On abortion:
I notice that everybody who is Pro-Abortion already has been born.
On student protests at UC Berkeley:
If there has to be a bloodbath, then let's get it over with.
On foreign affairs:
Let us beware that while they [Soviet rulers] preach the supremacy of the state, declare its omnipotence over individual man, and predict its eventual domination over all the peoples of the earth, they are the focus of evil in the modern world.... I urge you to beware the temptation ... to ignore the facts of history and the aggressive impulses of an evil empire, to simply call the arms race a giant misunderstanding and thereby remove yourself from the struggle between right and wrong, good and evil.
The UN:
One hundred nations in the UN have not agreed with us on just about everything that's come before them, where we're involved, and it didn't upset my breakfast at all.
See ? He was exactly like David Cameron. Talking of which, here’s one for Dave:
Our friends in the other party will never forgive us for our success, and are doing everything in their power to rewrite history. Listening to the liberals, you'd think that the 1980's were the worst period since the Great Depression, filled with suffering and despair. I don't know about you, but I'm getting awfully tired of the whining voices from the White House these days. They're claiming there was a decade of greed and neglect, but you and I know better than that. We were there.
That’s a clue right there. Liberalism is at its heart such a miserable, whiny runt of a philosophy. Big Business is plotting to rob you! The Earth is going to turn into a giant BBQ! Chocolate Oranges are deadly! Losers, every one of them.

Some say that all this whining is a means to an end, a subtle way of boosting the case for big government by creating an endless series of monsters ready to pounce on the unprotected citizen. That’s one factor, but I think the biggest is simply that Liberals don’t actually like people. Listen to their rhetoric with all that talk of ‘mob rule, ‘hate speech’ and the like. Why can’t the public just shut up and let them rule ?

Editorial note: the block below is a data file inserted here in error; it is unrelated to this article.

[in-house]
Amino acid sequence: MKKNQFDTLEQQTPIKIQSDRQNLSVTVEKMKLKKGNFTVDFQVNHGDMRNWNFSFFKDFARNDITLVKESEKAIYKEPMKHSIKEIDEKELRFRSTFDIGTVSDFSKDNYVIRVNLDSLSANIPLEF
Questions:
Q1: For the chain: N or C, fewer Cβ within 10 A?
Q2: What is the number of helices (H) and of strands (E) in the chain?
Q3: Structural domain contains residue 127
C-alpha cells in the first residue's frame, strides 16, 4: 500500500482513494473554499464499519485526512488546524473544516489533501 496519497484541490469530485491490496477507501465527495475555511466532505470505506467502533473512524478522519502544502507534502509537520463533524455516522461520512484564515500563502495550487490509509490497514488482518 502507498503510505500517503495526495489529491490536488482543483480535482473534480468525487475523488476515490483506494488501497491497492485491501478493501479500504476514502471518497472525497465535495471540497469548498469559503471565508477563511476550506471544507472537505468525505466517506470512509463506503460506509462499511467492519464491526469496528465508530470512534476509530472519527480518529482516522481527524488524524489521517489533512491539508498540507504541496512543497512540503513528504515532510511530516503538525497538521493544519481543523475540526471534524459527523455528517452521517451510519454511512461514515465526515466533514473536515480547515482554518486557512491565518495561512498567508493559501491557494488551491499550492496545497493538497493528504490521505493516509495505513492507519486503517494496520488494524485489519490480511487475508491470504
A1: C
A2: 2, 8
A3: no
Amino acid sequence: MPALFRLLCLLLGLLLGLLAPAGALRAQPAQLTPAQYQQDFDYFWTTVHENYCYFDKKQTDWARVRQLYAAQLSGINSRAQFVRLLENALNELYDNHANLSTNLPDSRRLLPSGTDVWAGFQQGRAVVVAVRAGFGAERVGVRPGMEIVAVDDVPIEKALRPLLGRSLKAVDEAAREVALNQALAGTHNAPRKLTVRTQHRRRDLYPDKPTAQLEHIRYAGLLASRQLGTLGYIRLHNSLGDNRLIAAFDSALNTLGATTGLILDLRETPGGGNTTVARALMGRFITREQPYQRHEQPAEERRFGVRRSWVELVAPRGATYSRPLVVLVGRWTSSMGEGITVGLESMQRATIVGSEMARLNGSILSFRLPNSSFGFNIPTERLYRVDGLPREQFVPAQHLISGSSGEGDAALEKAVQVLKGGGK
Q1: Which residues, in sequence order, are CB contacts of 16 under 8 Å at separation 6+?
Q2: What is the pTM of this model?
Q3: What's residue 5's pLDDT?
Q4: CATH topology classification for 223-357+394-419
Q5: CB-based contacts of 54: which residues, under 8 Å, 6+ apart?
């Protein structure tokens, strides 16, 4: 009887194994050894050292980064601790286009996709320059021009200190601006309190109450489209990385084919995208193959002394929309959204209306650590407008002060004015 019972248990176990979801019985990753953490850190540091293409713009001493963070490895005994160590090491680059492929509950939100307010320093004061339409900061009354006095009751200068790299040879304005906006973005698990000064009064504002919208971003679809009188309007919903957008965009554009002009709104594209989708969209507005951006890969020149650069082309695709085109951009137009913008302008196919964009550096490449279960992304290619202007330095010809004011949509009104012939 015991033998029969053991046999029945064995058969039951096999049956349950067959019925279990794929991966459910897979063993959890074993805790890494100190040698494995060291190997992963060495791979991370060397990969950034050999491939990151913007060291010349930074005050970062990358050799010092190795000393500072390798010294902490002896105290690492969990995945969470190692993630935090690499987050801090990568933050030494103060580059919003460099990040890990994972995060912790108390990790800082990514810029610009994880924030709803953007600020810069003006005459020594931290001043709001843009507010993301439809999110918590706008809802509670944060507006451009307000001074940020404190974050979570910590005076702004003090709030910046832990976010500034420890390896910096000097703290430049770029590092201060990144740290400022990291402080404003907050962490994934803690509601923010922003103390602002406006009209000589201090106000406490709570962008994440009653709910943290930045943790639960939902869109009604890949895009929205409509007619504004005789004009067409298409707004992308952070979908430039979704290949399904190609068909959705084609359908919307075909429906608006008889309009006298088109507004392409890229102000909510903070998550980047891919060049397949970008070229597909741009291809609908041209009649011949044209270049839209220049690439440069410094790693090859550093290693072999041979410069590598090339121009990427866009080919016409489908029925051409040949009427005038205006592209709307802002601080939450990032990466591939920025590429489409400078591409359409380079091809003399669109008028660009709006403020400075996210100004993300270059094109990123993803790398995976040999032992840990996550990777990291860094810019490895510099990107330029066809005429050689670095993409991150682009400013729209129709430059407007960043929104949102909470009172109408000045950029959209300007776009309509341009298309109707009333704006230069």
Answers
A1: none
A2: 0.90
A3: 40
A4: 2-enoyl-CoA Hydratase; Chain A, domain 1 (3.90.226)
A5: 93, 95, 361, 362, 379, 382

In contrast, Conservatives have a very definite vision of the way things should be, it’s just that we rarely think sending guys with guns to kick doors down is the way to achieve them. Yes, if the occupants have bombs, no, if they have a range of Christian literature. Ronald Reagan was the perfect example of this. Here was a man who believed above all else in America and the American people. That was the motivating force behind everything he did.

That’s the ideology right there. No carefully spun vision, no Frankensteinesque attempts at social engineering. Above all else, Conservatism is about faith in people. Maybe it lacks the grand gestures and white elephant projects that Liberals think government should be about, but Conservatism was never about government anyway. Both Cameron and Blair have worked hard to create the public image of themselves as people who can make great things happen. Reagan never played that game, he spent his time convincing the American people that they could achieve great things – and they did. Meanwhile, Cameron is following in the Tory tradition by plotting the final offensive against chocolate oranges.